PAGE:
Mar 13 6:44 PM

Chicago’s housing experiment

Tim Boyle/Getty Images

Chicago’s Housing Experiment. In the past decade, 82 crime ridden high-rises have been demolished, and with them, the lives of nearly 42,000 people left without homes. While redevelopment has improved the lives for many, some public housing residents fear they’ll now be driven out by rising real estate prices. So 14 years later, has this plan been for better, or worse? Join us Thursday at 7:30pmET. #AJAMStream

On this episode of The Stream, we'll speak to:

Toussaint Losier @ChiAntiEviction
Co-Founder, Anti-Eviction Campaign

Rick Rogers
Managing Attorney,  The Rogers Law Group

Commissioner Bridget Gainer @BridgetGainer
Cook County Commissioner

Natalie Saffold
President, LeClaire Courts Apartments 

What do you think? Share your thoughts with us in the comments below.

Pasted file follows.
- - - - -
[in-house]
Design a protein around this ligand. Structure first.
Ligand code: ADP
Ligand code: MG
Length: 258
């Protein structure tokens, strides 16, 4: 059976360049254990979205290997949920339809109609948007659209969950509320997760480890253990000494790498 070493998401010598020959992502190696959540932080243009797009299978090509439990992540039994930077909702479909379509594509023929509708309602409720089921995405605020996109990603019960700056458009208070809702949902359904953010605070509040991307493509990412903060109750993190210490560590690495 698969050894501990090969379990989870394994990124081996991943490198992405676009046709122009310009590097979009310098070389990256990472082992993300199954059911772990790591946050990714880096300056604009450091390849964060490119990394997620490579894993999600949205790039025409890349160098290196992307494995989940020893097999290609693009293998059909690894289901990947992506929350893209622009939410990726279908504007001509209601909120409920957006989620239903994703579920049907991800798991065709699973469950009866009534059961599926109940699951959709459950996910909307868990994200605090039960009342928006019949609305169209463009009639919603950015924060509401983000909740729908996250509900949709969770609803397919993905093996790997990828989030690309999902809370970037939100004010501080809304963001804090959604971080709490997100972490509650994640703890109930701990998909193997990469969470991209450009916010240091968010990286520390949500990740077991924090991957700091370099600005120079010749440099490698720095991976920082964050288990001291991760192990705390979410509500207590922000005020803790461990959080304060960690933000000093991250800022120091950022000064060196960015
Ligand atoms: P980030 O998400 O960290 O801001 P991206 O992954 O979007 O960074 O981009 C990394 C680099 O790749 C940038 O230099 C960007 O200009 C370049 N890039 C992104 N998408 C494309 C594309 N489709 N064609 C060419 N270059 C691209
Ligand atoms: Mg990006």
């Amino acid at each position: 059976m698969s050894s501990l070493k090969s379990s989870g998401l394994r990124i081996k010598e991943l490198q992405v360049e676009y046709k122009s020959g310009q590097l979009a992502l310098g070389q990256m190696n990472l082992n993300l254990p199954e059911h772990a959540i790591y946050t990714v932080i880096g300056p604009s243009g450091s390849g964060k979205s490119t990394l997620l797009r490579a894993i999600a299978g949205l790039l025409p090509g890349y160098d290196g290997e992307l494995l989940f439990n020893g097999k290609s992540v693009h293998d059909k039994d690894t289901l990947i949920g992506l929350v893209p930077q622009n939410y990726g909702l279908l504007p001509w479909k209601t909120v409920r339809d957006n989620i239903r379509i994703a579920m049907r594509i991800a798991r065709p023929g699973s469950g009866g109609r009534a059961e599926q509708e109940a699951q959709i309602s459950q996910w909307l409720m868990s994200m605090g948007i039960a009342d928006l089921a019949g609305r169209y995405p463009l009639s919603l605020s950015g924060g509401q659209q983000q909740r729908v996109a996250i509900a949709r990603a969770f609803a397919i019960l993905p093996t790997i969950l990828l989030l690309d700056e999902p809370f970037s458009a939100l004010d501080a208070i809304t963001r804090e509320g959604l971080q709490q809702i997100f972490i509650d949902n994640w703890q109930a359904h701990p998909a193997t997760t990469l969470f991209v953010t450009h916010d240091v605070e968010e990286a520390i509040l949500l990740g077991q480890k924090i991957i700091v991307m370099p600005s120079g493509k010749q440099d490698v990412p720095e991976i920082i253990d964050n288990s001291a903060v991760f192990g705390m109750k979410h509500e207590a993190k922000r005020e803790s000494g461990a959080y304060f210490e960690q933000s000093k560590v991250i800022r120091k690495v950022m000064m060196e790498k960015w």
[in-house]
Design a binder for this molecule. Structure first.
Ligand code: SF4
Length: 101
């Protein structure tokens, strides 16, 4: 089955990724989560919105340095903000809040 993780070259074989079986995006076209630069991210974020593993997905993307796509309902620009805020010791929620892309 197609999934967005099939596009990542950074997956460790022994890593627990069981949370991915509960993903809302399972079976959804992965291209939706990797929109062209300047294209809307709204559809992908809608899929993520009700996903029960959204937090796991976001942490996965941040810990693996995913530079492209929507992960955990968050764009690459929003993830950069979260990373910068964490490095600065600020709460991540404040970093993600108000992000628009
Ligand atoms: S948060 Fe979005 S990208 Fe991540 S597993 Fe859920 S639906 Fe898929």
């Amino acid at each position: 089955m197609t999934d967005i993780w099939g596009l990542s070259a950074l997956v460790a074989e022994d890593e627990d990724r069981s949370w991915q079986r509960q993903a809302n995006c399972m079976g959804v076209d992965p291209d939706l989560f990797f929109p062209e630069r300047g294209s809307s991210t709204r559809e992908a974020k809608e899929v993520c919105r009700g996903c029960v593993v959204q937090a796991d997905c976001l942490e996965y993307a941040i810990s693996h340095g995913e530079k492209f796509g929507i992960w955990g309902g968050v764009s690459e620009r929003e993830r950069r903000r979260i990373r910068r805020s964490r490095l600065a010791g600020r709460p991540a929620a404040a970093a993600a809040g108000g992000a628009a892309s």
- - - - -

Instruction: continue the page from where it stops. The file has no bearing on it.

In 1999, the city of Chicago launched the Plan for Transformation to address an affordable housing shortage and project homes that suffered decades of neglect. The city demolished 82 high-rise projects, including the infamous Cabrini-Green Projects, and bought vacant properties to revitalize and resell. The initiative was one of the biggest urban redesign investments in the country. 

Yet more than a decade later, many families remain displaced following the demolition phase. Some Chicagoans say a transition by the city toward housing partnerships with private companies and developers has resulted in the city of Chicago experiencing gentrification along racial lines. 


Chicago, Illinois

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